As the DC supplies were gradually replaced with alternating current the rectifiers and rotary convertors also became obsolete.

In 1932 the construction of an 11000 volt overhead line was completed from Sudbury along the riverside to Bures. This line again is clearly visible, as with some reinforcement, it is one of the lines bringing the supply here today. The fact that it crosses the river so many times doesn`t make fault location and maintenance an easy task.

After some two years of trying to raise capital for the Company. known then as East Anglian Electricity Ltd, the city finance houses failed to find the necessary money.



In 1925 the Company was restructured and renamed "The East Anglian Electric Supply Company Limited" and capital was still not forthcoming.
At this time some American businessmen visited this Country and showed interest in financing the new Company.

However, hopes were dashed as they returned to the States without investing any money at all.
Then in 1926 a second group of American financiers were introduced to the Company. They were approached with some reluctance bearing in mind the previous experience. This time they did indeed show great interest and the much needed money was forthcoming"

It was this money together with new Act of Parliament, which enabled the Company to provide supplies of electricity to the towns of Barrister, Witham, Coggeshall, Kelveden, Halstead, Sudbury and a large number of neighbouring villages- including Bures in 1932.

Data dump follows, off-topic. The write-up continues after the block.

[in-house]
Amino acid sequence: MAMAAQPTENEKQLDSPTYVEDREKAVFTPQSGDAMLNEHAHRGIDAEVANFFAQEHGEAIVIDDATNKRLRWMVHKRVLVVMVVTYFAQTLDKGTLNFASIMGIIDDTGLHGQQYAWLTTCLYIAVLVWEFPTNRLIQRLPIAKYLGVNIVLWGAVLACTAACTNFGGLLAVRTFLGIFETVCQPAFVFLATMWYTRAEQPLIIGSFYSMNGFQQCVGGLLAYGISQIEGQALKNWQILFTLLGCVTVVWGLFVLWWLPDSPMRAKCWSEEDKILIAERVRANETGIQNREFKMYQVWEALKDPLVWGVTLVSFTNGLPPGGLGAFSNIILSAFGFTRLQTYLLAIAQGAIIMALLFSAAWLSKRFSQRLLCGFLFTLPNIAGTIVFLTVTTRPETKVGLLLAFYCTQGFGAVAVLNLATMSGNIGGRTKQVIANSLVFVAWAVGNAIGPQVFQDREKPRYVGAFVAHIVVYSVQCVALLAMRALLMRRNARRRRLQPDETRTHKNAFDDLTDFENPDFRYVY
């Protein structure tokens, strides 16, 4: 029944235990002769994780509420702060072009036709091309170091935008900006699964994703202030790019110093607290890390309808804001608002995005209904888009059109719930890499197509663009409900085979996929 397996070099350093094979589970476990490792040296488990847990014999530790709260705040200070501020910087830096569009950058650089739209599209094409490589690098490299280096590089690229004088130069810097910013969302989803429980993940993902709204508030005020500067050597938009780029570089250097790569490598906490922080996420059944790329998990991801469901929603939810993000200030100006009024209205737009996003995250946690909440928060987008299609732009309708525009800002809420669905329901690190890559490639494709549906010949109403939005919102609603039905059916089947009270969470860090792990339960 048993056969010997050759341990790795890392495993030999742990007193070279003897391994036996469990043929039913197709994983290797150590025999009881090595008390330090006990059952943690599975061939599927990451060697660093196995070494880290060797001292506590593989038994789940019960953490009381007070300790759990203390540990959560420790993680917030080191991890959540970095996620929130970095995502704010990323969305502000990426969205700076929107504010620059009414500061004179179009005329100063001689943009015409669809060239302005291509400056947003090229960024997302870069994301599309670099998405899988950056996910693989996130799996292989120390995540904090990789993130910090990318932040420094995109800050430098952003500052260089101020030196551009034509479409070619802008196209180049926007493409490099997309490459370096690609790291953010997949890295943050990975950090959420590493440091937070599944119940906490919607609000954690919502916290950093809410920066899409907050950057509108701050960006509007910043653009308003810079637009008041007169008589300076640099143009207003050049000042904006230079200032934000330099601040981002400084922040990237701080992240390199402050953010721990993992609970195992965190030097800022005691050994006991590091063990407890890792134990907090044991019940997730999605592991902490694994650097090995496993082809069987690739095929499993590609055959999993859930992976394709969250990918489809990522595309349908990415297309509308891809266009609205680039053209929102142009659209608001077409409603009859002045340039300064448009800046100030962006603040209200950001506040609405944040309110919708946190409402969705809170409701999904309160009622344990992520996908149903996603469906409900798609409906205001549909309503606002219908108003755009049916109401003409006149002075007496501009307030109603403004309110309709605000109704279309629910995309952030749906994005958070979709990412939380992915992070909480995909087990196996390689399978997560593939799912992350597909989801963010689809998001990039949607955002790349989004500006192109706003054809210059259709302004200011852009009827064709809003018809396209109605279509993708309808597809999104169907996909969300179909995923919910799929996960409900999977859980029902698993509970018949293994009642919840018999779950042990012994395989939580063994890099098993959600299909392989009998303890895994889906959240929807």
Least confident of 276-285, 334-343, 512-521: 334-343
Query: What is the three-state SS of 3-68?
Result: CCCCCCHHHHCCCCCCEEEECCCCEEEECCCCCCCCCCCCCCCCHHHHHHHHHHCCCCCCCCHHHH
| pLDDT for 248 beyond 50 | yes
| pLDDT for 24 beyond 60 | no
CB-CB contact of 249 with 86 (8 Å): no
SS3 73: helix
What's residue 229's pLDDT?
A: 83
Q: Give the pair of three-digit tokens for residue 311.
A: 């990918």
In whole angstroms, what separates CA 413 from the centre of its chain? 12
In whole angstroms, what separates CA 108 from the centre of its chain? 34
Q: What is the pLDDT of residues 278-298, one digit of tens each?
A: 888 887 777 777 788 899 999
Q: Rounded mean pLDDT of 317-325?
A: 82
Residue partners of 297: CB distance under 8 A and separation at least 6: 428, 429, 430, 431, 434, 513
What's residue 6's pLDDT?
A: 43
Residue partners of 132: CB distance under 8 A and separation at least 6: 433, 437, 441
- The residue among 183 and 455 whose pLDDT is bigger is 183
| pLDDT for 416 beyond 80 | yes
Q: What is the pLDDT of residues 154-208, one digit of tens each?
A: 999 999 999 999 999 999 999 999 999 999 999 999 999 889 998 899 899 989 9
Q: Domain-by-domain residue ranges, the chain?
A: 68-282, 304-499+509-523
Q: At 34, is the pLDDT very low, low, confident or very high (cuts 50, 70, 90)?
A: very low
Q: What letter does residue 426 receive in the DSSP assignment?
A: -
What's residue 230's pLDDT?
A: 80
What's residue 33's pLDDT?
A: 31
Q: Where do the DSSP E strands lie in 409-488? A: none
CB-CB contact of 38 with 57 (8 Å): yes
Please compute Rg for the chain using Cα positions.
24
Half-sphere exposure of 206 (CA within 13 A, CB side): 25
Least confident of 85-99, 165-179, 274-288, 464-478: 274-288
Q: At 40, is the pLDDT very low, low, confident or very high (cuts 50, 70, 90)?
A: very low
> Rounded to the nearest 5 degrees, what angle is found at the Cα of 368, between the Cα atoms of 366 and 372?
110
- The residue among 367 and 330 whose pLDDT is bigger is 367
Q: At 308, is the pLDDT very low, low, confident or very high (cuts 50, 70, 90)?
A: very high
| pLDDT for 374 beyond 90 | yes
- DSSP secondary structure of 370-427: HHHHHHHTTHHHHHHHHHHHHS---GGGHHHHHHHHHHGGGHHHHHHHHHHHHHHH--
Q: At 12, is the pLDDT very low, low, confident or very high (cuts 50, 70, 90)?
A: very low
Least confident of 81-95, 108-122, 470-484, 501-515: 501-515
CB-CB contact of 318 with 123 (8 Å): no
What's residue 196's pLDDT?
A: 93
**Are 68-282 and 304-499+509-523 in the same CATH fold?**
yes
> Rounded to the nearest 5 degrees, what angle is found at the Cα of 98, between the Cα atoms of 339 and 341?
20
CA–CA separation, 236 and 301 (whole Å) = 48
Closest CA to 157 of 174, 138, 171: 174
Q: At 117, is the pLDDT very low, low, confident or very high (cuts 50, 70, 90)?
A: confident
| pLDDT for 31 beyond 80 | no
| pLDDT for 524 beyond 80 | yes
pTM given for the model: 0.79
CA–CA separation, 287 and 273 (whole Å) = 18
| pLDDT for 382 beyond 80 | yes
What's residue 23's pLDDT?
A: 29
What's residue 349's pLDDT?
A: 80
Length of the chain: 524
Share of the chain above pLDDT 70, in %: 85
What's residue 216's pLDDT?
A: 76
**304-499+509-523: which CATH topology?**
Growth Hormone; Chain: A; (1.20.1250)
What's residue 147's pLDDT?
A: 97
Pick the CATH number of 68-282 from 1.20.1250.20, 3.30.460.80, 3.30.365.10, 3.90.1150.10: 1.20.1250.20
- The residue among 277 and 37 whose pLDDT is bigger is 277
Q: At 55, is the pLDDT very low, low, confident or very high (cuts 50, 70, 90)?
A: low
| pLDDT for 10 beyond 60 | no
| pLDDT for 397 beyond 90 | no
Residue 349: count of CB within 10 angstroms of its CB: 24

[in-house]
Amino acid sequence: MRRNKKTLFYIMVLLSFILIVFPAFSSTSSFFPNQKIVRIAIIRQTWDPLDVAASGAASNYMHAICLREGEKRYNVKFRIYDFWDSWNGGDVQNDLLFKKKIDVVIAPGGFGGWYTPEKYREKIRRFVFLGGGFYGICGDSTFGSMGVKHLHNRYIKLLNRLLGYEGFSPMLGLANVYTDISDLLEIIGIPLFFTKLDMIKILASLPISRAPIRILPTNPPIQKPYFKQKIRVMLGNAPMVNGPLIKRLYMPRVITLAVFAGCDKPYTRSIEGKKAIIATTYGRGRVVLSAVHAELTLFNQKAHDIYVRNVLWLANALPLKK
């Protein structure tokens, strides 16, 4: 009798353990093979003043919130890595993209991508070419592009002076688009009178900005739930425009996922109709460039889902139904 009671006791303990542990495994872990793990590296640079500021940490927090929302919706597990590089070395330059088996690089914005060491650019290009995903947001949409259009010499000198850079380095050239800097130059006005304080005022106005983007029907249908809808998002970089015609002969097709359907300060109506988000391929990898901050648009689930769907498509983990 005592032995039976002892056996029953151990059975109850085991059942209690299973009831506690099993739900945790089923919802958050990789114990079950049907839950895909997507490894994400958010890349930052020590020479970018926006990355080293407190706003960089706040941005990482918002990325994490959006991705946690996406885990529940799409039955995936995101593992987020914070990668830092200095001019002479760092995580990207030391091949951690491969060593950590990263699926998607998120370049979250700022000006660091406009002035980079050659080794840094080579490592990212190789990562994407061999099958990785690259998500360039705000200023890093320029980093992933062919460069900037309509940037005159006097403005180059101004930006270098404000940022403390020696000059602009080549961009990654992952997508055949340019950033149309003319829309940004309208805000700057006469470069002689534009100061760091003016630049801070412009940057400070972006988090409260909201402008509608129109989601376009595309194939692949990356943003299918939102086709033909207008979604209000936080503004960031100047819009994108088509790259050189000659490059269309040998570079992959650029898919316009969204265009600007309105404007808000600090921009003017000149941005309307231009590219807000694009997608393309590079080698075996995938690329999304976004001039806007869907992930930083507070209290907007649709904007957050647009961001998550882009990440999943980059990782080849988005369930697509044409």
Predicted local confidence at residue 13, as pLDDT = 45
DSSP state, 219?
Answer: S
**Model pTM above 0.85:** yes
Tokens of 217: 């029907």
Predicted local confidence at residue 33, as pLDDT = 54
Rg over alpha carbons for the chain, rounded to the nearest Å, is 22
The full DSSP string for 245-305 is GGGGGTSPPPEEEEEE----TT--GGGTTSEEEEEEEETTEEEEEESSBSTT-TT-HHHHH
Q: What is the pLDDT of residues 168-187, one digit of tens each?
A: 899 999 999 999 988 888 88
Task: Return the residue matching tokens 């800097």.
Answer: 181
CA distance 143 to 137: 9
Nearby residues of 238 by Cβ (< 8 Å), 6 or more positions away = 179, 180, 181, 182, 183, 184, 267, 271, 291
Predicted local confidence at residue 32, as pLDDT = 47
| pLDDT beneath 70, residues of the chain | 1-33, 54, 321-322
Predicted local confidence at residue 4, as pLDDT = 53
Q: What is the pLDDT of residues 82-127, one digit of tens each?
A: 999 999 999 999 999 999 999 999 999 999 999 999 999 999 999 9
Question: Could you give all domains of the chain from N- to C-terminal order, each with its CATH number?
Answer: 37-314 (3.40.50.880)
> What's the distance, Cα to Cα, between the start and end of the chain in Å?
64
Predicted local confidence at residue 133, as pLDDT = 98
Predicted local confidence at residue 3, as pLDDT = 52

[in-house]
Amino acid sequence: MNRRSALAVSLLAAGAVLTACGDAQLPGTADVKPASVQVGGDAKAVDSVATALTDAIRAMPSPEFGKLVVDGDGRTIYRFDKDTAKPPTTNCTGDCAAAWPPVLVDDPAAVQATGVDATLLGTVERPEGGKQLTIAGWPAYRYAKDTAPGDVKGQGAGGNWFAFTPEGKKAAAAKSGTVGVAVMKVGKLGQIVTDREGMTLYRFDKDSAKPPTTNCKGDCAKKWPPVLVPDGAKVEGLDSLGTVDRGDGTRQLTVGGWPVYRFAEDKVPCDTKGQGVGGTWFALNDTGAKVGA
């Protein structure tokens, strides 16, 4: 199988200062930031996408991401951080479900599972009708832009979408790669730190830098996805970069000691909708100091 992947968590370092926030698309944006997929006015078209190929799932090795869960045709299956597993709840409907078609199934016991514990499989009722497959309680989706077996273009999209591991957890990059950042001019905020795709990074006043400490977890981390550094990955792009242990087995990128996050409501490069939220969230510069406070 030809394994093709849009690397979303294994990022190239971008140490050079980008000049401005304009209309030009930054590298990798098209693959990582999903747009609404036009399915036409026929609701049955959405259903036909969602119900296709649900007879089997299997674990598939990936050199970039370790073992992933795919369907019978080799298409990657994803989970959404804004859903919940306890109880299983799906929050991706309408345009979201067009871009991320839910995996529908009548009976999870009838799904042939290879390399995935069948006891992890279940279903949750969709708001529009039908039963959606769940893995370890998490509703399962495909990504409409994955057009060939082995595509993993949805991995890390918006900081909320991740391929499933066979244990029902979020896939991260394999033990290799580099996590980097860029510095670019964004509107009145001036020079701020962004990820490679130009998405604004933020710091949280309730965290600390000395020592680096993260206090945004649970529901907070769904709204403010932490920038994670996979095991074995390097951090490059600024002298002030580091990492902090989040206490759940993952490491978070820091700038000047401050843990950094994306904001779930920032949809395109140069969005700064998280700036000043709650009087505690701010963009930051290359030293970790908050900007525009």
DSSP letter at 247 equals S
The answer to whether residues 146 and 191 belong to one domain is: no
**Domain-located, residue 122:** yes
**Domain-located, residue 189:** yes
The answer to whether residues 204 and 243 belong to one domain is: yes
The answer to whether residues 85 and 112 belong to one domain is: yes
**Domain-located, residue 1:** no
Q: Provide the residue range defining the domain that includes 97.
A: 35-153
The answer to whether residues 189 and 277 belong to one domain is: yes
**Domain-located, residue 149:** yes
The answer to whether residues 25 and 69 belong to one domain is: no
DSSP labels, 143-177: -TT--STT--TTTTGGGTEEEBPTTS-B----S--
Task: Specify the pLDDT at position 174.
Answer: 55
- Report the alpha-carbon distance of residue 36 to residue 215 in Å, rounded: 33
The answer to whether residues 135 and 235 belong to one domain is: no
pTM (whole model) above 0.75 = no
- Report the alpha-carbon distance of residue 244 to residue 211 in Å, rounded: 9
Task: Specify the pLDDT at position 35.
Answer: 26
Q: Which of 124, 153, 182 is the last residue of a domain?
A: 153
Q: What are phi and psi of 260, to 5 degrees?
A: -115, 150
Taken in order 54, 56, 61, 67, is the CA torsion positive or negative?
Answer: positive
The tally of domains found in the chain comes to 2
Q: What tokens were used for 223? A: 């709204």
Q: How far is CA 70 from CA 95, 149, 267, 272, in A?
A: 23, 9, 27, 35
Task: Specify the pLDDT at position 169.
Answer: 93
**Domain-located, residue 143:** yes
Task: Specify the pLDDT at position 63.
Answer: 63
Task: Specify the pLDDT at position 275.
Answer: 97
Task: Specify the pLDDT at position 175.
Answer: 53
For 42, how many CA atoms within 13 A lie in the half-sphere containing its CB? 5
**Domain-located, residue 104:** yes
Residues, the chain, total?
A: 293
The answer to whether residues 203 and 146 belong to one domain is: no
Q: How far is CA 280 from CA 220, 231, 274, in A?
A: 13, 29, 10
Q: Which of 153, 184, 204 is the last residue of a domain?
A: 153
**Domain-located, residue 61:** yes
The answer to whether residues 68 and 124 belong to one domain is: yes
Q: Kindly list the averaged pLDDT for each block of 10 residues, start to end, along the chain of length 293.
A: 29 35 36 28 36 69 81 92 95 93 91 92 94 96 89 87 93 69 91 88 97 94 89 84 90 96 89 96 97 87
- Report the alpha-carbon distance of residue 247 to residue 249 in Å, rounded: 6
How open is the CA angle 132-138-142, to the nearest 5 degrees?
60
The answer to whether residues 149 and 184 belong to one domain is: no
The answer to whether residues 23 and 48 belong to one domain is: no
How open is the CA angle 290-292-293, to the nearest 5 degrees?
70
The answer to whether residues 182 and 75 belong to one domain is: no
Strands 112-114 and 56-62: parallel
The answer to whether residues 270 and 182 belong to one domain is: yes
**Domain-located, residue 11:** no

In about 1946 the 33,000 volt overhead system was constructed and brought immediate reinforcement to the system around Sudbury as it became overloaded.

There are of course the lines coming up from the Colchester direction but in the early days there was no national standard and local companies were free to build there own networks. Some used different voltages, others different methods of phase transmission. Even today this is evident, the 11kV system North and South of the river has different phase relationships. This means that it is not possible to connect the Essex system to Bures without the need to switch off the supply from the Suffolk side first.

For this reason Eastern Electricity provided an alternative supply from Suffolk - which actually comes from another Primary Substation at Groton where supply is transformed from 33kV down to 11kV.

The supply to Bures today is fed from Gt Cornard via overhead lines through Henny and Lamarsh and from Groton near Boxford as part of a ring main system. This means that the supply can be taken from either way around the ring, in the event of a failure of the one side.

Extract of a talk given to the Bures History Society 1992.

Credit to the following who supplied this information:-
Mr Beard of Colchester Rd (dec)
Mr Harry Turner of Sudbury.
Mr George Tilbrook previously of Corn Hall (Area Manager EEB, rtd)
© Mr Derek Beales of Tostock who gave the talk (Distribution Engineer EEB, rtd)